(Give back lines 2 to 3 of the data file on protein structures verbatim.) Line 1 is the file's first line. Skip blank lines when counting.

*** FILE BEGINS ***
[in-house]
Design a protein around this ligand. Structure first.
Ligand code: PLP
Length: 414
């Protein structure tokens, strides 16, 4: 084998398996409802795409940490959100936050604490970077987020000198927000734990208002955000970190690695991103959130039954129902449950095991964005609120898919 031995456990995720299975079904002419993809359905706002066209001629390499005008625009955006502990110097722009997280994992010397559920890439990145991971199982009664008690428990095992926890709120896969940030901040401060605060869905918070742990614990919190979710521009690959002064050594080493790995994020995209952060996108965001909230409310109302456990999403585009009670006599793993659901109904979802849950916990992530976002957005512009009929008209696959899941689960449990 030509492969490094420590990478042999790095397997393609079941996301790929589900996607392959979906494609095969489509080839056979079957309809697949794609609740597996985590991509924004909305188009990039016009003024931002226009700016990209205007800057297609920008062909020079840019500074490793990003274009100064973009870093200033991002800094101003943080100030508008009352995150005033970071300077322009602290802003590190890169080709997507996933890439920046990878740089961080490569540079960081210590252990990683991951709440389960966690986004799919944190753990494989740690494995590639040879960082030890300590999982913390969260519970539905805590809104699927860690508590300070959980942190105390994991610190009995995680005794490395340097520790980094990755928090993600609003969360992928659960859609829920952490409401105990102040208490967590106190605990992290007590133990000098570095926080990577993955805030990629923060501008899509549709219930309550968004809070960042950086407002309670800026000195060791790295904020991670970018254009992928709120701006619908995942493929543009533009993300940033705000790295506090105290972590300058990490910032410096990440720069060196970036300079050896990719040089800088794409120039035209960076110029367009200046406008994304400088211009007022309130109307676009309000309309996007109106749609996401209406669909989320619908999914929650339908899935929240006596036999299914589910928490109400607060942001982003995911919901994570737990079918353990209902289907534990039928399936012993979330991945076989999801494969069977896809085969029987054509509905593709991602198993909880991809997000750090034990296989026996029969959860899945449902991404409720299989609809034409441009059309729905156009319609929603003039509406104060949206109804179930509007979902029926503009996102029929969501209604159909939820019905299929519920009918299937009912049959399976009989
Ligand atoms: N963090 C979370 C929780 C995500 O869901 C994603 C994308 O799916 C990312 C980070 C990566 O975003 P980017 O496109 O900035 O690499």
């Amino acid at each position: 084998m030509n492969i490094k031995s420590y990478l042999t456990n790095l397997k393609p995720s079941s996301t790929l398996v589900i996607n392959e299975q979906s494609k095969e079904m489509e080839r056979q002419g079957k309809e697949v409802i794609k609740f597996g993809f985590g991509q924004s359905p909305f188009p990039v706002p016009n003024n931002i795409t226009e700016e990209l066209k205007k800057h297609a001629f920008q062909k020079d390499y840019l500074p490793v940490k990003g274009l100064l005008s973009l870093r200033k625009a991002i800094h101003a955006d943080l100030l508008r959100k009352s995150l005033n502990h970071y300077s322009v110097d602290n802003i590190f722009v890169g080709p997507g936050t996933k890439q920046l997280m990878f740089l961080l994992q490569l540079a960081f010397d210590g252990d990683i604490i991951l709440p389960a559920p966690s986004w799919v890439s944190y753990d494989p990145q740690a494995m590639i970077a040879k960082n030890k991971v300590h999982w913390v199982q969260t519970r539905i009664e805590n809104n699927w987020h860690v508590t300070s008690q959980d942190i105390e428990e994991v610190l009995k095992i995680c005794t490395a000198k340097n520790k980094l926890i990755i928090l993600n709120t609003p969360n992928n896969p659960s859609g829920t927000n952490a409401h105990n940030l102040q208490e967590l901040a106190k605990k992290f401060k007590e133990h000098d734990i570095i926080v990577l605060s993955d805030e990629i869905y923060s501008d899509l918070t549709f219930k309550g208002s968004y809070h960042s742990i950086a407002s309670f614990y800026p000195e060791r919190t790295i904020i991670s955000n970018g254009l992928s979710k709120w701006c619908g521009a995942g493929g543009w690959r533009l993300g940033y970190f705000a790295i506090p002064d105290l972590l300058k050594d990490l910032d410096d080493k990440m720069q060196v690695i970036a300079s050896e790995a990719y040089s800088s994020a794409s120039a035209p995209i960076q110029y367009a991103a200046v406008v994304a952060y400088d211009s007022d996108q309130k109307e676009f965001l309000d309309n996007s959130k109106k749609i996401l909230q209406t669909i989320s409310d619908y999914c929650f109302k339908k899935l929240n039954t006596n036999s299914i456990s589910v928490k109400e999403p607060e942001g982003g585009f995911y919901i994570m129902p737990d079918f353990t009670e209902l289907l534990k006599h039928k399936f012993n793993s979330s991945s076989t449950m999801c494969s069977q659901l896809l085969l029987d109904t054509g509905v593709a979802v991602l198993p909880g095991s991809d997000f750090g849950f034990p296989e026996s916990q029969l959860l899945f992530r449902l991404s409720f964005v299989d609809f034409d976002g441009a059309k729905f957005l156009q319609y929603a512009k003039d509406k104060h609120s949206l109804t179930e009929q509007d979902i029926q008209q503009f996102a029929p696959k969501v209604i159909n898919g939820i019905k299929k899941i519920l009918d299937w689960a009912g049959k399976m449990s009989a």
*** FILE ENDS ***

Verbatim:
Design a protein around this ligand. Structure first.
Ligand code: PLP